"About Us" Pages
What It Is
Having an "About Us" page is a best practice for managing your agency's website. The page should provide basic information about your agency and any other agency that sponsors your site. The public expects to see this link on every page of your website. If that’s not feasible, at least provide a link from your homepage and every major entry point. The page should be called "About Us" or "About (Your Organization’s Name)."
Why It's Important
- The public, including students and researchers, often wants to know something about the organization that sponsors a public website.
- An "About Us" page tells the public who’s accountable for the website's content.
- The E–Government Act requires specific information that must be included on all federal public websites, and several of these requirements are most appropriately included on an "About Us" page. (See details below under "How to Implement.")
- Having consistent content and terminology across government websites—such as having "About Us" pages—helps the public find what they need. Users of government websites will know what labels to look for, and will be confident they’ll get the same basic content when they get there.
Specific Policy, Legal, or Other Requirements for Doing This
There are two sections of the OMB Policies for Federal Agency Public Websites that refer to having organizational information on your website:
- Section 3F: "identify mandatory links and post (or link to) the following information on their principal website and any known major entry points to their sites: 1) the agency's strategic plan and annual performance plans; 2) descriptions of agency organizational structure, mission and statutory authority"
- Section 6A: "clear and unambiguous public notification of the agency's involvement in or sponsorship of its information dissemination products, including public websites"
How to Implement
- What To Include: At a minimum, include – or link to – the following pieces of information on your "About Us" or "About (Organization Name)" page:
- Full name of your agency
- Name of your agency head and other key staff, as appropriate
- Contact information
- Basic information about your parent and subsidiary organizations and regional and field offices, as appropriate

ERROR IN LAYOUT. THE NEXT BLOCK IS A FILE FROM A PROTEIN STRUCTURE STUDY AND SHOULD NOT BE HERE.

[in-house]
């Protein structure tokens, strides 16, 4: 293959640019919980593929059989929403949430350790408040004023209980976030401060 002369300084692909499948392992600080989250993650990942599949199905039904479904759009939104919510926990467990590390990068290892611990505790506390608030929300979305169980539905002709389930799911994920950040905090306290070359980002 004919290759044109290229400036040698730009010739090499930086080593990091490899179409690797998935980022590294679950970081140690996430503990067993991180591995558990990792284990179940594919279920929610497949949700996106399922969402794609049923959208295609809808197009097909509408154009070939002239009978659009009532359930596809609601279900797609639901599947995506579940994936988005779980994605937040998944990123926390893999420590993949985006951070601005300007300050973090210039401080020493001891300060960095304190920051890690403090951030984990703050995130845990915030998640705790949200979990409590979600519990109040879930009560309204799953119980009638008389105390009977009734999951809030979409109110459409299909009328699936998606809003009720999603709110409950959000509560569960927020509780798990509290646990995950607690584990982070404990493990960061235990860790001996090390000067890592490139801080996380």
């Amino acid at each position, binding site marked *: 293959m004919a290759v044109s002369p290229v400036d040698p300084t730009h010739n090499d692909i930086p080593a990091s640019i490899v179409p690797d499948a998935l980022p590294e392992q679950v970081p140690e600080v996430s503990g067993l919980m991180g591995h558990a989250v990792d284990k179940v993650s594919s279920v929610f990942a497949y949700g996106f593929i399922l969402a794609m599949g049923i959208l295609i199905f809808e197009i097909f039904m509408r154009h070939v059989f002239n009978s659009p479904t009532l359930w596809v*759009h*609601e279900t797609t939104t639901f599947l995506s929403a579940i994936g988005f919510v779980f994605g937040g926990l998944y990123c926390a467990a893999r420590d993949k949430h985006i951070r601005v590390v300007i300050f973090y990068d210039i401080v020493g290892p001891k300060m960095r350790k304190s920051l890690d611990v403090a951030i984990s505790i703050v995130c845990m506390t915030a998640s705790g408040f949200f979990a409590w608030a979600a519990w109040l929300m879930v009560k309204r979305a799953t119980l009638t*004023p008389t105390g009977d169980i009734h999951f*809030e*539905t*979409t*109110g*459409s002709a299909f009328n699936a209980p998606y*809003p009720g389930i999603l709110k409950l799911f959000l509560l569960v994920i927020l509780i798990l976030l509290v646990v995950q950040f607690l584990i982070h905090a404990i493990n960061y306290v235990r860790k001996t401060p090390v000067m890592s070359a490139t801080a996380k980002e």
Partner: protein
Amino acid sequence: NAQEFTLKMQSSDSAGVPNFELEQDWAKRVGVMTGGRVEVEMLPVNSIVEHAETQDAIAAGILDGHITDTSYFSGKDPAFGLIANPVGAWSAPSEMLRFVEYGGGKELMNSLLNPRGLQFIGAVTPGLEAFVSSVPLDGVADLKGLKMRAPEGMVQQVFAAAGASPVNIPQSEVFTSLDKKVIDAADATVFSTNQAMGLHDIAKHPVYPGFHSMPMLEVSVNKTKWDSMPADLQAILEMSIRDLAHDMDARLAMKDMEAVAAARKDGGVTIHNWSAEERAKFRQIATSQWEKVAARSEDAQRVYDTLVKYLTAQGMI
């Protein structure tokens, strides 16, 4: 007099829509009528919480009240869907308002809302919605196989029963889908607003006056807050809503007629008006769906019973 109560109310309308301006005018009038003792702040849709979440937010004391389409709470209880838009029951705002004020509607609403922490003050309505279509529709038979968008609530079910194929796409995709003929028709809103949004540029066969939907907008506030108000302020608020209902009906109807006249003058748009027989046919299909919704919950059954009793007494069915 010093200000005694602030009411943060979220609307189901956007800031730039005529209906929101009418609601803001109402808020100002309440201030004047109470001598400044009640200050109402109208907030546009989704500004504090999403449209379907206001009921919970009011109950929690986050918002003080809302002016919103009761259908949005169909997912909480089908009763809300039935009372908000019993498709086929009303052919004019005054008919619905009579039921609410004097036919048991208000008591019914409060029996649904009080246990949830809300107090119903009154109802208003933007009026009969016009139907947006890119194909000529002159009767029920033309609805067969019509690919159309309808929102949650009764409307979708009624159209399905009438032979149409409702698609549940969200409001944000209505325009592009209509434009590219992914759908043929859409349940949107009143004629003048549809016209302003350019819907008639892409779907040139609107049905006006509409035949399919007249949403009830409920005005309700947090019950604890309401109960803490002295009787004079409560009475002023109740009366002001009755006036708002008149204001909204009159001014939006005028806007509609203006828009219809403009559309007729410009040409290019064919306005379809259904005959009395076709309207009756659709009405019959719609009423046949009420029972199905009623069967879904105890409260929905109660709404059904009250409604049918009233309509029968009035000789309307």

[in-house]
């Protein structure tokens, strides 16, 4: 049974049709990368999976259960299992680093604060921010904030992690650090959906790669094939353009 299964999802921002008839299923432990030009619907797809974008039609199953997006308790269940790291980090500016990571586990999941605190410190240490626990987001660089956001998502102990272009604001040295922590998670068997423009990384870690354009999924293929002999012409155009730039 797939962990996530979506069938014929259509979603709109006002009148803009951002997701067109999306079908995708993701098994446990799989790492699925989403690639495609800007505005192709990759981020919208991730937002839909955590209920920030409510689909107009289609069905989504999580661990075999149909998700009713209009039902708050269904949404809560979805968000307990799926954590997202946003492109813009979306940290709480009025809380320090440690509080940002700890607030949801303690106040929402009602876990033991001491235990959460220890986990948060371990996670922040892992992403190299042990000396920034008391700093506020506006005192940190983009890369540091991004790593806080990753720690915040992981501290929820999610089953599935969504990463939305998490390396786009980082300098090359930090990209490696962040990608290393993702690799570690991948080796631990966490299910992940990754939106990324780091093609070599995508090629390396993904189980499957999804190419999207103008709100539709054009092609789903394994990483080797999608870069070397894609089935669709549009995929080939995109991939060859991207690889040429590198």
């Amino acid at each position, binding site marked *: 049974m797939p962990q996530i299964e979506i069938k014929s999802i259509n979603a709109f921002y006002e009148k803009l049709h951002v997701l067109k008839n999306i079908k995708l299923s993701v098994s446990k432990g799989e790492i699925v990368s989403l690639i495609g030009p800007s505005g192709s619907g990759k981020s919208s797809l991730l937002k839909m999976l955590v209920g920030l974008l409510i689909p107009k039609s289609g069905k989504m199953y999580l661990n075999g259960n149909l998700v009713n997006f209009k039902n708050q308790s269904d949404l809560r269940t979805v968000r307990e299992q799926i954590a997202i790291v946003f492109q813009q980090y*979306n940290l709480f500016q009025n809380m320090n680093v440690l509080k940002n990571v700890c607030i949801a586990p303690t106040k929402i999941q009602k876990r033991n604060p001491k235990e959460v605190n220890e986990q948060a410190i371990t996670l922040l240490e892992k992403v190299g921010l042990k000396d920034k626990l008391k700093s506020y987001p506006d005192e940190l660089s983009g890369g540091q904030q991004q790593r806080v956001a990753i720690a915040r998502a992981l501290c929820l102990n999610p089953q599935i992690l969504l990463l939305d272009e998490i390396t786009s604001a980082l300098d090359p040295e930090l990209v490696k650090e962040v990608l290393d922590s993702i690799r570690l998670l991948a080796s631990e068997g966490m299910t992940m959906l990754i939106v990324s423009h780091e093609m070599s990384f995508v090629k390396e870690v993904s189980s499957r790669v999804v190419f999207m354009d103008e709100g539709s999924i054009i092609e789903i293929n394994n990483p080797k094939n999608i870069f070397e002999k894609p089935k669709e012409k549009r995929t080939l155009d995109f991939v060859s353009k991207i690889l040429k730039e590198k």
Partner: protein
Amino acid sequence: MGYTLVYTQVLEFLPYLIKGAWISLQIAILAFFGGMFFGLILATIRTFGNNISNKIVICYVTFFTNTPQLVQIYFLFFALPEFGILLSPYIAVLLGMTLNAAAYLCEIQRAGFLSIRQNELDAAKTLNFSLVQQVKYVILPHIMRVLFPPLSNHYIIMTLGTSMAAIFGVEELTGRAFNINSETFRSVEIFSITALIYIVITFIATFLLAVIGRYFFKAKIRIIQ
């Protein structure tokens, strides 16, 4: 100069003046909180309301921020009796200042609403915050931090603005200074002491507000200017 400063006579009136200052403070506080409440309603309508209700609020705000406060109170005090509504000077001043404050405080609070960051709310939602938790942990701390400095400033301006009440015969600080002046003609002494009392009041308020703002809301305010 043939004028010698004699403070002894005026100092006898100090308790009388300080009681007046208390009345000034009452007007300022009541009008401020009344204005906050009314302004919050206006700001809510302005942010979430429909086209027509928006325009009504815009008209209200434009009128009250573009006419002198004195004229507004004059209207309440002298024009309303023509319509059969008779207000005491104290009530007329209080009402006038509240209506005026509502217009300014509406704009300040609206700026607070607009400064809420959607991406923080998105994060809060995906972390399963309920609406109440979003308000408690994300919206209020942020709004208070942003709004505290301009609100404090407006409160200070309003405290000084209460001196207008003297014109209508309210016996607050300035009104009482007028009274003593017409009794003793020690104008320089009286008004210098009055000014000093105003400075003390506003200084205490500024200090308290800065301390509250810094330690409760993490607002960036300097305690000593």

- Information required by Section 207 (f)(1) of the E–Government Act of 2002:
- A description of your organization's mission, including statutory authority
- Strategic plan
- Organizational structure (such as an organizational chart)
- Where To Put It: The public expects to see a link to your "About Us" page from every page of your website. If that's not feasible, at least provide a link from your homepage and every major entry point. Usability testing and research has shown that most people look for the "About Us" link in the top navigation bar or banner area of your site. You can also repeat the link in the bottom navigation bar or footer area of your site if you find that’s helpful to your users.
- Smaller Organizations: If you're a small organization that doesn't have a specific mission or strategic plan, you can link to your parent organization's mission and plan.
- Org Charts: If possible, make your organizational chart interactive and clickable, to help visitors find additional details about different units of your organization.
- Use Plain Language: Write and explain your agency's mission and strategic plans in terms the public can understand.
- Other Languages: Consider providing a version of your "About Us" page in Spanish and other languages, as needed, depending on your audience. Speakers of other languages are often looking for basic information about U.S. government agencies and what they do. Our Multilingual Websites page explains more about your agency’s obligation to provide information in other languages.
- Kids' Pages in the .Gov Domain: The "About Us" link can go to:
- Your parent organization's "About Us" page, or
- An "About Us" page written for kids. If you choose this option, include a link to your parent organization's "About Us" page on the "About Us" page written for kids. This will help parents who may want to know more about your agency.
- Kids' Pages Using the Kids.us Domain: You can publish the URL of your parent organization's "About Us" page.
- The Risk Management Agency of USDA
- About the U.S. Department of Labor
- About DOE
- About the Department of Commerce
- About HHS
"About Us" Page Sample Template
(PDF, 24.5 KB, 1 pg, June 2009)
You can use this template to see an example of how to organize and write the different content pieces that should be on your "About Us" page.